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Active damping of ultrasonic transducers for robotic applications

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3 Author(s)
Miller, G.L. ; Bell Laboratories, Murray Hill, New Jersey ; Boie, R.A. ; Sibilia, M.

Ultrasonic ranging in air over short distances offers advantages for robotic applications. Such sensing methods can employ transducers small enough to fit into a robot gripper, thereby providing terminal homing capability. Any such short range time-of-flight systems, however, have to solve the problem of rapid receiver recovery after the transmit pulse. In the present case the problem has been solved by an active damping scheme. The transducer is a capacitive element and is connected across an inductor to form an electrically resonant circuit at the acoustic frequency of interest. The LC tank is in the feedback path of a novel circuit that can be changed continuously from positive to negative feedback conditions. When the feedback is positive oscillations rapidly build up, when negative they just as rapidly die down. At the end of each positive - negative cycle essentially all of both the electrical and mechanical energy has been extracted from the system, which is then ready to receive the echo. In this way ranging is readily achieved down to ∼1", which is adequate for robot gripper applications.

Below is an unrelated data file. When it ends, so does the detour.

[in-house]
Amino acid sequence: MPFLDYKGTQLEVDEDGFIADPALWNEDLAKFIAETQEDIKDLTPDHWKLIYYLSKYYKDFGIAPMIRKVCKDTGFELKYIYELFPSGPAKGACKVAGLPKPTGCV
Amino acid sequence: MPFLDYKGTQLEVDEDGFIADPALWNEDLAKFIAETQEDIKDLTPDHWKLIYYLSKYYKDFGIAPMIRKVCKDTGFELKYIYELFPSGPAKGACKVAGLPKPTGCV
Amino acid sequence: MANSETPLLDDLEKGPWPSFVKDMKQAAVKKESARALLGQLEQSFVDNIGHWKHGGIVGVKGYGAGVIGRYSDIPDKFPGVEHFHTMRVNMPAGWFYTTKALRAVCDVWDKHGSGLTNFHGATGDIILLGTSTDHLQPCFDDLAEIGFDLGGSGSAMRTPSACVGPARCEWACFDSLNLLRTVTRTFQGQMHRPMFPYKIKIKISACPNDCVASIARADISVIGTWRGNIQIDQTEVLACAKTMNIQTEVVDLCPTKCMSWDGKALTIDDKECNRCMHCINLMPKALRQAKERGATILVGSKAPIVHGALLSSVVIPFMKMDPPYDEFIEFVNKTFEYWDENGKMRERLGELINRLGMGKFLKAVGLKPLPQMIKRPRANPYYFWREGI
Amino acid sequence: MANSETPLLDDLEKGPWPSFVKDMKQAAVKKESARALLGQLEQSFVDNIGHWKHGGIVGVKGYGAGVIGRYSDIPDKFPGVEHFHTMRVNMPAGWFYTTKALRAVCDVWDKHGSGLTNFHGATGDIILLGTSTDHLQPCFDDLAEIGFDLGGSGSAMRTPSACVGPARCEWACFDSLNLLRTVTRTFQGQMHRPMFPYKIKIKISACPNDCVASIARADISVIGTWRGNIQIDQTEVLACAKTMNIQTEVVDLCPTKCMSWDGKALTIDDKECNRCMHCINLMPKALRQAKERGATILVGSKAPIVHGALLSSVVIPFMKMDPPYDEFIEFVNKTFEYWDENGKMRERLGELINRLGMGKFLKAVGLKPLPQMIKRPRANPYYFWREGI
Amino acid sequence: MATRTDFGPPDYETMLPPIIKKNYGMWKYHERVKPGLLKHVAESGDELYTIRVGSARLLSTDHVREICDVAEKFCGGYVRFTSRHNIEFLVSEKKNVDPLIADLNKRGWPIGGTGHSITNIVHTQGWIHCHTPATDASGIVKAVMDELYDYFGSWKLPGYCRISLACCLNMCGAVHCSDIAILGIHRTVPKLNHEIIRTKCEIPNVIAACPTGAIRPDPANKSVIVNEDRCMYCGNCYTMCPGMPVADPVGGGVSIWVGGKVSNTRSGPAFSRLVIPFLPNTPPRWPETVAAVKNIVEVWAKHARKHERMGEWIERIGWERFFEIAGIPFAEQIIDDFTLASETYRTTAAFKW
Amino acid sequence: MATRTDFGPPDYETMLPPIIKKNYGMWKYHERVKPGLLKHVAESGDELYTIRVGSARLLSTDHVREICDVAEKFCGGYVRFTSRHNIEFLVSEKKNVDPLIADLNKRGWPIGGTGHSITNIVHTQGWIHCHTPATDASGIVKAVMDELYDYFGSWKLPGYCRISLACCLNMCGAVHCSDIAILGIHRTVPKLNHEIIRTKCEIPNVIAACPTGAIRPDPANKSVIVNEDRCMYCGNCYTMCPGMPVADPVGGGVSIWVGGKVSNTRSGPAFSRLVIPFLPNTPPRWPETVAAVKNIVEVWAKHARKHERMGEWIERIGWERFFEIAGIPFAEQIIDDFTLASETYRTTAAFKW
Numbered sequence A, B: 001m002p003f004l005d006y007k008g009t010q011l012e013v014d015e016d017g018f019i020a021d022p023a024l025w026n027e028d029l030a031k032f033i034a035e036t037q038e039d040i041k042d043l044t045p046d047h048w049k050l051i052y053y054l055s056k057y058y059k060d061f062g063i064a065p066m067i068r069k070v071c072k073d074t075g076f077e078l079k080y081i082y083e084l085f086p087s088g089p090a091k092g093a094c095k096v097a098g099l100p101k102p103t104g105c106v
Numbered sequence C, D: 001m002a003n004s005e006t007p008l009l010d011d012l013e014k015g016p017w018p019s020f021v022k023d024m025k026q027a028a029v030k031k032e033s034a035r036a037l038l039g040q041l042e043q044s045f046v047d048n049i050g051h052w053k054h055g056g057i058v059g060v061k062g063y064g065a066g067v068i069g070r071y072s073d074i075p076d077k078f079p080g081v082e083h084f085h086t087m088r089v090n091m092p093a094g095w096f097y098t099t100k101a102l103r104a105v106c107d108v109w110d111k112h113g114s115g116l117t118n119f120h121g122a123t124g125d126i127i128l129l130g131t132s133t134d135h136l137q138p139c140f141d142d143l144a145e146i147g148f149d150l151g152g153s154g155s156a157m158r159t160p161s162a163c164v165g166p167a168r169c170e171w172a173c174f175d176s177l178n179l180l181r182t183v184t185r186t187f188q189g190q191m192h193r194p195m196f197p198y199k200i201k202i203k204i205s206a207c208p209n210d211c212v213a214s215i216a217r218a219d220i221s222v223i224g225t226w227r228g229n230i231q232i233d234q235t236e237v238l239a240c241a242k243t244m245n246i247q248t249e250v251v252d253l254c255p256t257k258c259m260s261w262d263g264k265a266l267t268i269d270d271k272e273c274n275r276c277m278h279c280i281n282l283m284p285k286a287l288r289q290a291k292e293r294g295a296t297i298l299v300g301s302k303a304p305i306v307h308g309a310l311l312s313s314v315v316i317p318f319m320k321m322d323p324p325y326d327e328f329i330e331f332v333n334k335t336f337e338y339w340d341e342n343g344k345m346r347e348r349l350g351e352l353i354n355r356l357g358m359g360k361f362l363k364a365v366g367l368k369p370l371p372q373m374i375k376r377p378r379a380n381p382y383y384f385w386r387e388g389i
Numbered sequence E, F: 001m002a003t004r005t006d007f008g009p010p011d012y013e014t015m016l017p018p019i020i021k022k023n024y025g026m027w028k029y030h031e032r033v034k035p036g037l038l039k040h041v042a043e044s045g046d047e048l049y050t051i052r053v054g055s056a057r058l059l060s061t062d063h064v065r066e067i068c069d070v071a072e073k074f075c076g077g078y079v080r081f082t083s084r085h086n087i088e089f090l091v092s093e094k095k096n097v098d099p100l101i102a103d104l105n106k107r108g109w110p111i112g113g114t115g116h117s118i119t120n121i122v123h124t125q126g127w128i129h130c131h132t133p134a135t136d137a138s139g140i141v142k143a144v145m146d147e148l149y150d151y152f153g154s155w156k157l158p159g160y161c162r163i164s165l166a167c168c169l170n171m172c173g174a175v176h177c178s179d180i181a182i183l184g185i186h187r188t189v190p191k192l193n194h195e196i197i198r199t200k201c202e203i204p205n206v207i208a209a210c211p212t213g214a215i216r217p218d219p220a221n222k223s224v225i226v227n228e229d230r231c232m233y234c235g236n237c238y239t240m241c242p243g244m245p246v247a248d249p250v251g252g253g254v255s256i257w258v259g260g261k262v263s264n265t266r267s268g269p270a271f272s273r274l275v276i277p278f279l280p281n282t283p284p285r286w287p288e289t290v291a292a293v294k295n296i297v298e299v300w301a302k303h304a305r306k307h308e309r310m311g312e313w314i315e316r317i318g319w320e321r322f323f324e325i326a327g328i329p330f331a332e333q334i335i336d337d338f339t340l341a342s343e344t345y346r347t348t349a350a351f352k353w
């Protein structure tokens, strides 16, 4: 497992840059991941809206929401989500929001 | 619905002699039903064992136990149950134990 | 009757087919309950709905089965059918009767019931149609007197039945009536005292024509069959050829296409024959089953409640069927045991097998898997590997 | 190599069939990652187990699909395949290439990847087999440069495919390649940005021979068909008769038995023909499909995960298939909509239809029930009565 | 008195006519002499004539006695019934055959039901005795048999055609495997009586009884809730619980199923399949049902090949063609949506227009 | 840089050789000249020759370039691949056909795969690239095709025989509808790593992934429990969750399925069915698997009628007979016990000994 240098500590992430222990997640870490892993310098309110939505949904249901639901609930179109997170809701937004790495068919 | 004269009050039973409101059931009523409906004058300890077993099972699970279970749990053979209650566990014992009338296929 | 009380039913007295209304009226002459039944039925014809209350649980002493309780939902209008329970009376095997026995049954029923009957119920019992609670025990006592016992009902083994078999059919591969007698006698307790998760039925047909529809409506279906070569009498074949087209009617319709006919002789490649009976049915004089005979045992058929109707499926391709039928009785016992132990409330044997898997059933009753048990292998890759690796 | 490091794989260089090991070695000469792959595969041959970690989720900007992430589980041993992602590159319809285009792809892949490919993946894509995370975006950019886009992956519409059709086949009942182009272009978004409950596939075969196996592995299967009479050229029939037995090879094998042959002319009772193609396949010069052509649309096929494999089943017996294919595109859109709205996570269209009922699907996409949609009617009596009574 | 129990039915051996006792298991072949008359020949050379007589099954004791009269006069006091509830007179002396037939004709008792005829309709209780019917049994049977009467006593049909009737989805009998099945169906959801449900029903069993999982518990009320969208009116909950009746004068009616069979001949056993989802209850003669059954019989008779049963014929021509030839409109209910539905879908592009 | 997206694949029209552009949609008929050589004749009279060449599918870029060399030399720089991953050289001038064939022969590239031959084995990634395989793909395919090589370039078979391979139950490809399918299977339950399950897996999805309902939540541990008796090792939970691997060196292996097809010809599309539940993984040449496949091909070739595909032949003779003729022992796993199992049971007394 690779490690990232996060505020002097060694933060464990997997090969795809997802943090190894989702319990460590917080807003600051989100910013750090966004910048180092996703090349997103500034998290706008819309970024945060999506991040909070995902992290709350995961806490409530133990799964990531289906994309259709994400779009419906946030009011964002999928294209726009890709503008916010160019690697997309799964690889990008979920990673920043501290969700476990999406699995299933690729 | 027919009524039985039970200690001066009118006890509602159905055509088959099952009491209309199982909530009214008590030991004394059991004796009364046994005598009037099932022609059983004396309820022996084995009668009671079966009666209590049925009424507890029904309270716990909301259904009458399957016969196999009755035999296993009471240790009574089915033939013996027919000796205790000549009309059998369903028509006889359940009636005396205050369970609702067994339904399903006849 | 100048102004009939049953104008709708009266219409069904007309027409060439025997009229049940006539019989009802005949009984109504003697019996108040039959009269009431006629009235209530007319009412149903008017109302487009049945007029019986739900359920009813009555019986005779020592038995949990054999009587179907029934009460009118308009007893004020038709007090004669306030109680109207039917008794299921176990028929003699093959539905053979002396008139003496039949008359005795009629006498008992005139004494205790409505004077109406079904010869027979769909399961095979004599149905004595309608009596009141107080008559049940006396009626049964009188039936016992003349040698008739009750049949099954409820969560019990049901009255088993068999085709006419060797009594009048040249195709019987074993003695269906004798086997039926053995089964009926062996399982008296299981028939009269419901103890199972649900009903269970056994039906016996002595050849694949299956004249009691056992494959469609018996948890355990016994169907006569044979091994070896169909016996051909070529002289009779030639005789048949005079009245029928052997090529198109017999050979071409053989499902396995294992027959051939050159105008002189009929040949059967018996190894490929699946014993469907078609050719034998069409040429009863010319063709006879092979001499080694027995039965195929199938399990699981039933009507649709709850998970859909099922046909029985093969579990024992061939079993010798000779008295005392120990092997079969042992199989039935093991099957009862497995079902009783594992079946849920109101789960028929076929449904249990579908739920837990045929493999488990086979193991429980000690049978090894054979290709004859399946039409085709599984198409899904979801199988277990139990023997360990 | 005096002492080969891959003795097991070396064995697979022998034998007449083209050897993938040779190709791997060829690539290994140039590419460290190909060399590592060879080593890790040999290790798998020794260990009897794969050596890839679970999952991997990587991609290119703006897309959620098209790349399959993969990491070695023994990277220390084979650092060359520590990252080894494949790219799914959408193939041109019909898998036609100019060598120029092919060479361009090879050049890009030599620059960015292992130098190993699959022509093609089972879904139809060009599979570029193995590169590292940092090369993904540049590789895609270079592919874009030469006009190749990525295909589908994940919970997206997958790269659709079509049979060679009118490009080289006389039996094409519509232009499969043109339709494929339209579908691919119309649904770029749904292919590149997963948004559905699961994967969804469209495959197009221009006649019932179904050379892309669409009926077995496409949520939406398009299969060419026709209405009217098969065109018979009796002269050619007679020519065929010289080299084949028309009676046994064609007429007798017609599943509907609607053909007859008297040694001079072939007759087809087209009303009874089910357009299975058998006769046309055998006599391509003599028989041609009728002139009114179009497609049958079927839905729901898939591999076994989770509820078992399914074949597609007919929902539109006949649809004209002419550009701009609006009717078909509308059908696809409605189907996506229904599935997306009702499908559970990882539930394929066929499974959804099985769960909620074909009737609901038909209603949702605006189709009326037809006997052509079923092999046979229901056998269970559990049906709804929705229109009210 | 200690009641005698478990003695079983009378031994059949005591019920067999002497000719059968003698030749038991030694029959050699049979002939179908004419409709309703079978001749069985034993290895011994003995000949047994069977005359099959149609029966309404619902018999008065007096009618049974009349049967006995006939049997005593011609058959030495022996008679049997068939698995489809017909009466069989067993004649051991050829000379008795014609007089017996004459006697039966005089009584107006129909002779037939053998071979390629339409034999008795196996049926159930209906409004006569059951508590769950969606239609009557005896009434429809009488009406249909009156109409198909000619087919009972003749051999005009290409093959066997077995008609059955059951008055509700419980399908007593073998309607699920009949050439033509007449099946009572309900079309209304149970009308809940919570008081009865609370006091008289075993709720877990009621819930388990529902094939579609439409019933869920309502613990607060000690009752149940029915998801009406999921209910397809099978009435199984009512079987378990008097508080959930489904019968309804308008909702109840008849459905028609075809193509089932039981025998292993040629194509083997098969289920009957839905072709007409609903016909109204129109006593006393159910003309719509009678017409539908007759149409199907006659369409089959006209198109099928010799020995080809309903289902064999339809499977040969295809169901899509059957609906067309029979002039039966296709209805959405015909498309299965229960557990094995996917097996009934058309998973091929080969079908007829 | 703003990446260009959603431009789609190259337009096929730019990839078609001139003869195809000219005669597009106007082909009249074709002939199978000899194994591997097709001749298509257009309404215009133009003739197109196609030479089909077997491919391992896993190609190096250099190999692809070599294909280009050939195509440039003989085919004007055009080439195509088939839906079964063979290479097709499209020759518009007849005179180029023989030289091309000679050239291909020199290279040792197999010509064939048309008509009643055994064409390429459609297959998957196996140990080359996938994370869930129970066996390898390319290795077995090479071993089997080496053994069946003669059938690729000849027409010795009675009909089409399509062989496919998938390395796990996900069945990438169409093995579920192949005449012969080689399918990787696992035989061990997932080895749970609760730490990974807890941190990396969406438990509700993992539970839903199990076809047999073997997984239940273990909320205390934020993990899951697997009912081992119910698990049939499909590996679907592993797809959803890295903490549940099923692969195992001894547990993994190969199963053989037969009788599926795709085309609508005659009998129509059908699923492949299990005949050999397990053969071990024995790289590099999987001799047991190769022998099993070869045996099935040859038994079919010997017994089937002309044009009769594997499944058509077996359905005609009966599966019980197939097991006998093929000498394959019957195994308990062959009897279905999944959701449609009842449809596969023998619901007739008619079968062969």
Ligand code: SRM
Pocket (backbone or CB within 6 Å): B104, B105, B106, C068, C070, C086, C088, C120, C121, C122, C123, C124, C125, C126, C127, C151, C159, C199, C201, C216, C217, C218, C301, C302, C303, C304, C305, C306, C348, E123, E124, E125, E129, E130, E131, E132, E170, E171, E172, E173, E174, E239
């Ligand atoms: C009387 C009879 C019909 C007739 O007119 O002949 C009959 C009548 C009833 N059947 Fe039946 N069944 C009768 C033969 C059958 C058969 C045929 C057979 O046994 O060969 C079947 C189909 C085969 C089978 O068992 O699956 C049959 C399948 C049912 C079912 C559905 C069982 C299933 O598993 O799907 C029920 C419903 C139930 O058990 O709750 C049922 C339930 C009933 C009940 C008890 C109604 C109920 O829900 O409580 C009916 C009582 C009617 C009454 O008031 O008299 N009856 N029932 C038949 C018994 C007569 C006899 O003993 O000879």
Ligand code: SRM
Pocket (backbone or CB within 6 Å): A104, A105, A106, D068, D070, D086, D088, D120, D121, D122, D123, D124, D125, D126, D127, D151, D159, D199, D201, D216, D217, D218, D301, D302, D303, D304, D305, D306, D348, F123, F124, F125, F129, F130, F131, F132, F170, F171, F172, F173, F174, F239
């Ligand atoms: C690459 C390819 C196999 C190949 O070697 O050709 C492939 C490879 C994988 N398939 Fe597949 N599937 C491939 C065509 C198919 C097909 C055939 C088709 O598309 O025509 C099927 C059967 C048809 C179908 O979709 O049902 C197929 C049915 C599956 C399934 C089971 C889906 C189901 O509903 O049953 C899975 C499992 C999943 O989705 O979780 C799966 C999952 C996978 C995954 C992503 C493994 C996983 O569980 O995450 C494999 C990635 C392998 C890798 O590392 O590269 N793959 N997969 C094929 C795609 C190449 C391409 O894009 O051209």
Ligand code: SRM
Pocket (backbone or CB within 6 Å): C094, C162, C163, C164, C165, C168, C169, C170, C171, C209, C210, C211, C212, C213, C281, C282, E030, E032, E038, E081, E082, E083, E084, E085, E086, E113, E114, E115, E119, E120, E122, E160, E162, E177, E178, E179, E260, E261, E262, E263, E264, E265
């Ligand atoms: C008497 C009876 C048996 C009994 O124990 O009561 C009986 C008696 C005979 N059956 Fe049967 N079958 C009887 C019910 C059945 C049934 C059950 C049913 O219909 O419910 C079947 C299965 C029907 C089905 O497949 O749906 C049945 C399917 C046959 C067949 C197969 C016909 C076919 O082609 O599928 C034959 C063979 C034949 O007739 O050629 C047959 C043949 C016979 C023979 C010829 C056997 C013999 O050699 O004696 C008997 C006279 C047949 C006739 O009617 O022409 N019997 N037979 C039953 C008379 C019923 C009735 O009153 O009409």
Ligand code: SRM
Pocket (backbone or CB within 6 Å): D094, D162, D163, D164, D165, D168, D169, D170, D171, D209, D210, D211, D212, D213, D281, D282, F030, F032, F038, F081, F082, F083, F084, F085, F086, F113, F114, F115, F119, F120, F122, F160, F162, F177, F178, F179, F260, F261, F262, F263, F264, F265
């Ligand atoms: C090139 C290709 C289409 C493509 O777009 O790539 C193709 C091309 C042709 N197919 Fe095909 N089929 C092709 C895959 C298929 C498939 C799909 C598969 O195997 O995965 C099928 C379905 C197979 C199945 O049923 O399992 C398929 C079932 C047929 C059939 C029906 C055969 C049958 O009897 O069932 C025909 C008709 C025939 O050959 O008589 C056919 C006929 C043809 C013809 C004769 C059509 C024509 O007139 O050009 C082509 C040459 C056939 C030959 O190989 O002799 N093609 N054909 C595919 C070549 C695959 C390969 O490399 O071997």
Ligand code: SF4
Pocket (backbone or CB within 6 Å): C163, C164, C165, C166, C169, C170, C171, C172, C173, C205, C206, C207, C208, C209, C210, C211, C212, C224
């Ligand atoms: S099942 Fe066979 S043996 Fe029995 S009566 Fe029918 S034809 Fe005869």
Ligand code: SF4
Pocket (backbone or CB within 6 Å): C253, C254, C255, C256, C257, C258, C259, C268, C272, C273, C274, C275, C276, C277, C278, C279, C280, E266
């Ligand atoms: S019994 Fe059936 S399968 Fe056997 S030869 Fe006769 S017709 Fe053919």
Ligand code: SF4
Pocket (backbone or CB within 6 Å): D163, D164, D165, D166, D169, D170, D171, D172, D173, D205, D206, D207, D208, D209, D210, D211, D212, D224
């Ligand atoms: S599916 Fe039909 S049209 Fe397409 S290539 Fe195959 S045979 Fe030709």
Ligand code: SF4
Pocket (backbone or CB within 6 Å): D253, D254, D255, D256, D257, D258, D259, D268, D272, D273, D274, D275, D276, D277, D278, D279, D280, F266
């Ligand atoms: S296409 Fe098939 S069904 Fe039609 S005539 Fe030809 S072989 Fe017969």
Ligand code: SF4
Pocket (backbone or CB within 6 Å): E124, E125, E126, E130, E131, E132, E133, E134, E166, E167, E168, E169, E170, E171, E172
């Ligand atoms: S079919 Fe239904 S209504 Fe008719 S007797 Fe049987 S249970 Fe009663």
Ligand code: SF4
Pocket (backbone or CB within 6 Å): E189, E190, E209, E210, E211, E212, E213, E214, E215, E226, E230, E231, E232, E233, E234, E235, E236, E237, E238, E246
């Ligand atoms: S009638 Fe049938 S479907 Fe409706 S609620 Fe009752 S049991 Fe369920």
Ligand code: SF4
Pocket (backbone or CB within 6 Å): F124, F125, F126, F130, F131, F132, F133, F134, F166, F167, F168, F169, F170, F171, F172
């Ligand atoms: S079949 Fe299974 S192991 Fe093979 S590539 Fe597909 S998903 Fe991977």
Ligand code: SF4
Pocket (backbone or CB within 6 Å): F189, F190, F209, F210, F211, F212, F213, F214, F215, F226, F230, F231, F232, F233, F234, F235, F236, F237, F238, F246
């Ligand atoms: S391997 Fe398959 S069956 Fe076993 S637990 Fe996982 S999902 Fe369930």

Published in:

Robotics and Automation. Proceedings. 1984 IEEE International Conference on  (Volume:1 )

Date of Conference:

Mar 1984

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